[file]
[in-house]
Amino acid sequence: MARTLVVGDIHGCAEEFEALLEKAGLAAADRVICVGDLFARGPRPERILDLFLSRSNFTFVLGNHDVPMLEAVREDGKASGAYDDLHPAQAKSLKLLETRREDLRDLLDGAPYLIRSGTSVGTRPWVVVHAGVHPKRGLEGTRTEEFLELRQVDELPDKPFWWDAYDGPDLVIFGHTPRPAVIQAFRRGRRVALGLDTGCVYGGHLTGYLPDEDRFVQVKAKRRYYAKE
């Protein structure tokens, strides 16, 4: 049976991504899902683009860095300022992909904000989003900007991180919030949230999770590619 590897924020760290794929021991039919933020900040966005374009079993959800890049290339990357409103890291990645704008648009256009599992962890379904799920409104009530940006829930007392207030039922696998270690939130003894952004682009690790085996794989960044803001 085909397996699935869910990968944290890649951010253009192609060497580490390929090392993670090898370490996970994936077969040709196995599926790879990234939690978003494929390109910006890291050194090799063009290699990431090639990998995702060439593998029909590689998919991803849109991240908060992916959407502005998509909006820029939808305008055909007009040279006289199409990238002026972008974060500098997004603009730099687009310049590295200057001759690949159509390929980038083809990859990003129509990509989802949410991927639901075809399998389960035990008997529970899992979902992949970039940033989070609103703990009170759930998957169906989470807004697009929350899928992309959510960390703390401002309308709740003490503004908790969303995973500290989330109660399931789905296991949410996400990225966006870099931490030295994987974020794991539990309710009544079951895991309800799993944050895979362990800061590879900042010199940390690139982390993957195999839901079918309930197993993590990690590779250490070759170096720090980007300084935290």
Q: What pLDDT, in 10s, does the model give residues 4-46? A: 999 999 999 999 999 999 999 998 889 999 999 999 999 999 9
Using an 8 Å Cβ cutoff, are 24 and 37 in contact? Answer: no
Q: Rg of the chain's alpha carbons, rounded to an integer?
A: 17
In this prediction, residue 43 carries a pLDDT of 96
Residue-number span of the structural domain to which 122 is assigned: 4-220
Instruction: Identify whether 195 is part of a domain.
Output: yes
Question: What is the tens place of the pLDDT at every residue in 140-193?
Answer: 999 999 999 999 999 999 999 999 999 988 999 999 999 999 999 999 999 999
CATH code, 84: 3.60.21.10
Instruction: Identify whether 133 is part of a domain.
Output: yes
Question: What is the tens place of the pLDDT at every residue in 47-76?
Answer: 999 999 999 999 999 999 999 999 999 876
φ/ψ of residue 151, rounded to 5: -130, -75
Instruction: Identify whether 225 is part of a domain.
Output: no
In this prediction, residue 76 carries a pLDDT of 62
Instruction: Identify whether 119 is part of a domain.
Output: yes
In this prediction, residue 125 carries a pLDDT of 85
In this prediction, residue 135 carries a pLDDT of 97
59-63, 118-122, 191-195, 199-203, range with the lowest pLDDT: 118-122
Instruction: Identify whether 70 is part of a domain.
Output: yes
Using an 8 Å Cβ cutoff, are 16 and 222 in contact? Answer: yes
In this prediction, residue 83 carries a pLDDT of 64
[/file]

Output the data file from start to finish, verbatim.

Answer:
[in-house]
Amino acid sequence: MARTLVVGDIHGCAEEFEALLEKAGLAAADRVICVGDLFARGPRPERILDLFLSRSNFTFVLGNHDVPMLEAVREDGKASGAYDDLHPAQAKSLKLLETRREDLRDLLDGAPYLIRSGTSVGTRPWVVVHAGVHPKRGLEGTRTEEFLELRQVDELPDKPFWWDAYDGPDLVIFGHTPRPAVIQAFRRGRRVALGLDTGCVYGGHLTGYLPDEDRFVQVKAKRRYYAKE
């Protein structure tokens, strides 16, 4: 049976991504899902683009860095300022992909904000989003900007991180919030949230999770590619 590897924020760290794929021991039919933020900040966005374009079993959800890049290339990357409103890291990645704008648009256009599992962890379904799920409104009530940006829930007392207030039922696998270690939130003894952004682009690790085996794989960044803001 085909397996699935869910990968944290890649951010253009192609060497580490390929090392993670090898370490996970994936077969040709196995599926790879990234939690978003494929390109910006890291050194090799063009290699990431090639990998995702060439593998029909590689998919991803849109991240908060992916959407502005998509909006820029939808305008055909007009040279006289199409990238002026972008974060500098997004603009730099687009310049590295200057001759690949159509390929980038083809990859990003129509990509989802949410991927639901075809399998389960035990008997529970899992979902992949970039940033989070609103703990009170759930998957169906989470807004697009929350899928992309959510960390703390401002309308709740003490503004908790969303995973500290989330109660399931789905296991949410996400990225966006870099931490030295994987974020794991539990309710009544079951895991309800799993944050895979362990800061590879900042010199940390690139982390993957195999839901079918309930197993993590990690590779250490070759170096720090980007300084935290």
Q: What pLDDT, in 10s, does the model give residues 4-46? A: 999 999 999 999 999 999 999 998 889 999 999 999 999 999 9
Using an 8 Å Cβ cutoff, are 24 and 37 in contact? Answer: no
Q: Rg of the chain's alpha carbons, rounded to an integer?
A: 17
In this prediction, residue 43 carries a pLDDT of 96
Residue-number span of the structural domain to which 122 is assigned: 4-220
Instruction: Identify whether 195 is part of a domain.
Output: yes
Question: What is the tens place of the pLDDT at every residue in 140-193?
Answer: 999 999 999 999 999 999 999 999 999 988 999 999 999 999 999 999 999 999
CATH code, 84: 3.60.21.10
Instruction: Identify whether 133 is part of a domain.
Output: yes
Question: What is the tens place of the pLDDT at every residue in 47-76?
Answer: 999 999 999 999 999 999 999 999 999 876
φ/ψ of residue 151, rounded to 5: -130, -75
Instruction: Identify whether 225 is part of a domain.
Output: no
In this prediction, residue 76 carries a pLDDT of 62
Instruction: Identify whether 119 is part of a domain.
Output: yes
In this prediction, residue 125 carries a pLDDT of 85
In this prediction, residue 135 carries a pLDDT of 97
59-63, 118-122, 191-195, 199-203, range with the lowest pLDDT: 118-122
Instruction: Identify whether 70 is part of a domain.
Output: yes
Using an 8 Å Cβ cutoff, are 16 and 222 in contact? Answer: yes
In this prediction, residue 83 carries a pLDDT of 64